Tom asked some questions of the seller to see what info he could find out. Here’s the initial exchange:
Tom: Hi, Can you tell me the size of it? What year is it? Thanks Thief: It’s 53 cm my sister bought it used and I used it for a little while and I drive now so it’s just sitting here I know it’s older than 2010 but it’s perfect condition with ALL new part s for sure
Great! I called the police and told them the bike had been found on Craigslist. They said they would send someone out that night but by 11pm I said not to bother as it was too late. Wednesday was a day of waiting for the police to come. They didn’t come to my home in the morning, they didn’t come to my work all through the day and that night I was starting to get discouraged. Meanwhile Tom had another exchange with the Thief:
Tom: That’s about the right size. 🙂 Where can I see it?
Thief: I could take more pics but for now I am stuck in eugene?
Tom: Are you planning on bringing it here or is the potential buyer suppose to travel? 🙂
Send more pictures if you can.
Thief (from his personal email…with a name on it): Of I would deliver , are you near Arcata?Thief in a second email (from the anonymous email): Of course I would deliver … Are you near Arcata ?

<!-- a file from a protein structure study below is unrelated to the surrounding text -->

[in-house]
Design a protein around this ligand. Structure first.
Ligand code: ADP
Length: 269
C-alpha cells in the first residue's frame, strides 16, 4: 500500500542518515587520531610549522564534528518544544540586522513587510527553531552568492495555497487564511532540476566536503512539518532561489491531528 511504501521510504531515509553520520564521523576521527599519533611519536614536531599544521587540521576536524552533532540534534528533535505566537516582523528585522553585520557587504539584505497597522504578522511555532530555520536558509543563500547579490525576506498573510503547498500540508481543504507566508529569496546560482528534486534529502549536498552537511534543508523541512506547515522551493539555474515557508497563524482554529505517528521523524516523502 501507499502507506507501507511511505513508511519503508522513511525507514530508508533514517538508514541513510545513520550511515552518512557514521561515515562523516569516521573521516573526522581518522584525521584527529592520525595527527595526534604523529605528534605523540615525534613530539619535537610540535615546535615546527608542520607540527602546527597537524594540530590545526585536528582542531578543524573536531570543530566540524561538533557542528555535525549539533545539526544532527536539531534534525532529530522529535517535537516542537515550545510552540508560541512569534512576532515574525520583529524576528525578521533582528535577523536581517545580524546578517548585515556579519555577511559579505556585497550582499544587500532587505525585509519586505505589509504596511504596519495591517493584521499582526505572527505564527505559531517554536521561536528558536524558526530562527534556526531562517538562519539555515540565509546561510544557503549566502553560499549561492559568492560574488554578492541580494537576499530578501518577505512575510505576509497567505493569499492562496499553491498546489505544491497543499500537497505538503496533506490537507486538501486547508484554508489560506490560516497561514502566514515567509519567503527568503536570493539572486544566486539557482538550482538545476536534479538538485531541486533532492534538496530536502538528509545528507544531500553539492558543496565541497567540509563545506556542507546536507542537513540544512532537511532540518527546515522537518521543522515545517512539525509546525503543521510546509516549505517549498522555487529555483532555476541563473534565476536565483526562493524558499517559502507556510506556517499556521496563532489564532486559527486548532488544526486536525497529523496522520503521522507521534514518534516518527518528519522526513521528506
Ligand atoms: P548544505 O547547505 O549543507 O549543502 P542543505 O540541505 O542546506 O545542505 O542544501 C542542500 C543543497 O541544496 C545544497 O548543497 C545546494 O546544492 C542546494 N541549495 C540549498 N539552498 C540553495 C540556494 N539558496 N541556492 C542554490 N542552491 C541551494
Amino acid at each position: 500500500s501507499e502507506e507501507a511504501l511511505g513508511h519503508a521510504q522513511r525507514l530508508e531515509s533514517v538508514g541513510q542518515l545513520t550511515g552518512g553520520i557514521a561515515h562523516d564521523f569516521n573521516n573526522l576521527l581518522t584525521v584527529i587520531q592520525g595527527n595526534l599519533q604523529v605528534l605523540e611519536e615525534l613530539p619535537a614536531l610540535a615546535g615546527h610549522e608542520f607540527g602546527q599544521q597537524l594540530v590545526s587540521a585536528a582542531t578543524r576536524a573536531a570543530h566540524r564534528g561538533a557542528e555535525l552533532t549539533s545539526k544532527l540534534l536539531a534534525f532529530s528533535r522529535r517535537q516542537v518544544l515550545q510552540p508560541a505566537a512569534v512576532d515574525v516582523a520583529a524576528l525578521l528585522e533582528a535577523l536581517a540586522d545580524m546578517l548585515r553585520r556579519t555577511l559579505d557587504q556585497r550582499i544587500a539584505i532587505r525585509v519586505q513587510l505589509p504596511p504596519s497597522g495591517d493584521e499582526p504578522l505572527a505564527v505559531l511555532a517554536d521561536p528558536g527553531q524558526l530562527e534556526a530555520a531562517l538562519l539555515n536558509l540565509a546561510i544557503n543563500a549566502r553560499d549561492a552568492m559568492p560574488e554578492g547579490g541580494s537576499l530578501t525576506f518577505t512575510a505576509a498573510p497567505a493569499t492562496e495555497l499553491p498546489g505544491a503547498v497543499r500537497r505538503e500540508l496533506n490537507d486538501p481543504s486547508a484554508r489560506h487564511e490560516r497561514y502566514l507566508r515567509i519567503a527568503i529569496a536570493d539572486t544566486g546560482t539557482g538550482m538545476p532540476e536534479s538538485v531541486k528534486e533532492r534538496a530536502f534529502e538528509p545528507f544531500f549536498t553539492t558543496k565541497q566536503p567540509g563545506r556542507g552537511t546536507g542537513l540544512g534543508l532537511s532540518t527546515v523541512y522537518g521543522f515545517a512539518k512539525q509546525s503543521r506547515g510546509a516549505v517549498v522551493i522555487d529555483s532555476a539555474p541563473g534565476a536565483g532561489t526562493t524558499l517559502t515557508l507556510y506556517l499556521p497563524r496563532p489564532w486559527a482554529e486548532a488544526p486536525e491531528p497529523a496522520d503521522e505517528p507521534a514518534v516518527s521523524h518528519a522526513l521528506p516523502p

I wanted to say thanks to the whole “Velo Posse” that helped look for the bike (Kris- the late night search on the first night was especially appreciated), spotted it on Craigslist, offered to help with a sting, did detective work, gave emotional support, actually found the house (you sneaky detective Patrick), and helped with the recovery. Thanks to the Eugene Police Department; though I know you’re busy with many more serious crimes and though I might have seemed impatient I am am appreciative of your work and how you did take this serious enough and worked hard to get the bike back. I’m sure it meant a lot of paperwork. Thanks. A reminder to everyone. Register your bikes. It helps, a lot. You can now do it online in Eugene. To those past, present and future bike thieves out there; watch out. The Velo Posse is here and we’re ready to take Eugene off the “bike theft capitol of the US” map.